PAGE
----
THE KENTUCKIAN IN HAVANA.
On a certain Twenty-Second of February, not many years ago, there was
seated at a dinner-table, at Cuney and Fulton’s, Havana, a party of about a
dozen Americans, principally sea-faring men, who had gathered there for the
purpose of celebrating, in a quiet way, the anniversary of the birth of the
immortal Washington. As a matter of course, “ patriotism” was all the go that
day. There was not a man in the crowd whose heart failed to overflow with American
feeling. As the apostle Johnson had not then visited the West Indies, tee-totalers
were rather scarce among the shipmasters in port. Consequently, early on the
morning of the anniversary, commenced their libations--they took occasion to
foreswear “ their potations,” in the outset, and when the dinner hour arrived,
no one “ came to the scratch” who would answer for a particular pattern of sobriety.
The most uproarious of the collection was an out-and-out Kentuckian, who, by
some strange operation, had made the “ deep, deep sea” his home, and was then
in command of a Baltimore schooner, which happened to be in the harbor. In no
man’s breast did the fire of amor patriœ beam with a steadier or stronger
flame. He was chuck full of Kentucky glory, Kentucky valor, as well as Kentucky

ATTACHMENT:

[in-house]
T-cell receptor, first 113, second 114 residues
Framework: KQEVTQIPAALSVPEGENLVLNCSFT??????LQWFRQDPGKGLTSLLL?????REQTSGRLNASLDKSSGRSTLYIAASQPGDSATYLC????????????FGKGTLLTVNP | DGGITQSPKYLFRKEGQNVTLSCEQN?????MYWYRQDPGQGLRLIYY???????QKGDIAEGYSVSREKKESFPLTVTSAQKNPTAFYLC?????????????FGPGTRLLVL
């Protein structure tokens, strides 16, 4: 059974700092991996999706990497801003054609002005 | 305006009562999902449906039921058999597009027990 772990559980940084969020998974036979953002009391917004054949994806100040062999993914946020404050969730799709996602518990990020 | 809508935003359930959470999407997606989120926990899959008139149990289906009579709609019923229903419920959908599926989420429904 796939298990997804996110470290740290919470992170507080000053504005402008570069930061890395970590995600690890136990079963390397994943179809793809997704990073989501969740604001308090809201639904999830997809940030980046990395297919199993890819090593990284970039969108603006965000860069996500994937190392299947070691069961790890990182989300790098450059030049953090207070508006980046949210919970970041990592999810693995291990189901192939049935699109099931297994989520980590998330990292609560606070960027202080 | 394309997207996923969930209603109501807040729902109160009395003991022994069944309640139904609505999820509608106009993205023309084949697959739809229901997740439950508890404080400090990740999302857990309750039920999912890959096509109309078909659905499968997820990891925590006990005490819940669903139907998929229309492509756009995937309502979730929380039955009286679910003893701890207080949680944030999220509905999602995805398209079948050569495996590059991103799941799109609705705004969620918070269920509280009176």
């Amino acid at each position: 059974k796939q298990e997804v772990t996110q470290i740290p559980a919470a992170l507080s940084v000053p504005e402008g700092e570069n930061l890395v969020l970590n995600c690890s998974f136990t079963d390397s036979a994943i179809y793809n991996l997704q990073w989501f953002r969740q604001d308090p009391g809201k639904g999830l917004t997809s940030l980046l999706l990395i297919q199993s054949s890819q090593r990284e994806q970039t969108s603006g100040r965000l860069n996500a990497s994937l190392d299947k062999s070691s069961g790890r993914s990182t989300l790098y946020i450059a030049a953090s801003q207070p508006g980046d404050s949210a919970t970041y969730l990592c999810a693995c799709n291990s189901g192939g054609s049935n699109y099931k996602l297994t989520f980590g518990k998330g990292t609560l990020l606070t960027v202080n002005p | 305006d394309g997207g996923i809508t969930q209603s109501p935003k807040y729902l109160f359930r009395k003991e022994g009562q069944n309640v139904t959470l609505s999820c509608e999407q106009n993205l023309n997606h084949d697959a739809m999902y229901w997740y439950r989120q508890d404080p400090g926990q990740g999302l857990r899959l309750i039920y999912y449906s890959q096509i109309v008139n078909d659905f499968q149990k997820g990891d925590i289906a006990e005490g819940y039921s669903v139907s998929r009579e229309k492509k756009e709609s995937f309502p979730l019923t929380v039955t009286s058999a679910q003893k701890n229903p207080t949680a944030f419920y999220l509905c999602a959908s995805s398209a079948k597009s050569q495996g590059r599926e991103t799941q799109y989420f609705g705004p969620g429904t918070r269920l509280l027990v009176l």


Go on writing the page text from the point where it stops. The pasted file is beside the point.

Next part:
fun. Yet another of the party was a young captain of an English merchantman,
who had been urgently pressed to partake of the feast, by some acquaintance
at the table not particularly mindful of the consequences. The Englishman evidently
found himself in a bad box--the set was not such an one as he had been accustomed
to, and the tone of conversation, and the behaviour of the Republicans, seemed
to be of a very novel character. He watched the motions of the
Kentuckian with some degree of apprehension, for his ideas in regard to Kentucky
and its inhabitants were of a very peculiar character, and he thought he saw in
the sample opposite him at the table all that wildness and ferocity which he had
been led to believe characterized the barbarians of the “ Dark and Bloody Ground.”
The Kentuckian was not long in perceiving that he was attracting a good share
of the Englishman’s attention, and silently determined to make the most of the
joke. The eyes of this man wore a singular expression ; one of them was a light
blue, and the other a dark hazel ; on the bridge of his nose, near the corner
of his right eye, was a small wart, which he had attempted to destroy with some
sort of lotion, and which had thereby been dyed quite black. These peculiarities
gave his face a queer and sinister appearance.
The first toast offered, from the head of the table, was, “Mary, the Mother
of Washington ! ” The Kentuckian seized a decanter, swallowed at least one-fourth
of its contents, and rising from his chair, deliberately dashed the bottle into
fifty pieces. “ That’s the way to drink that toast,” said he, and calmly
took his seat. The Englishman turned pale, for he began to think the next decanter
would be broken over his head.
“ I say, Thompson,” observed the Kentuckian, winking to a person next to the Englishman,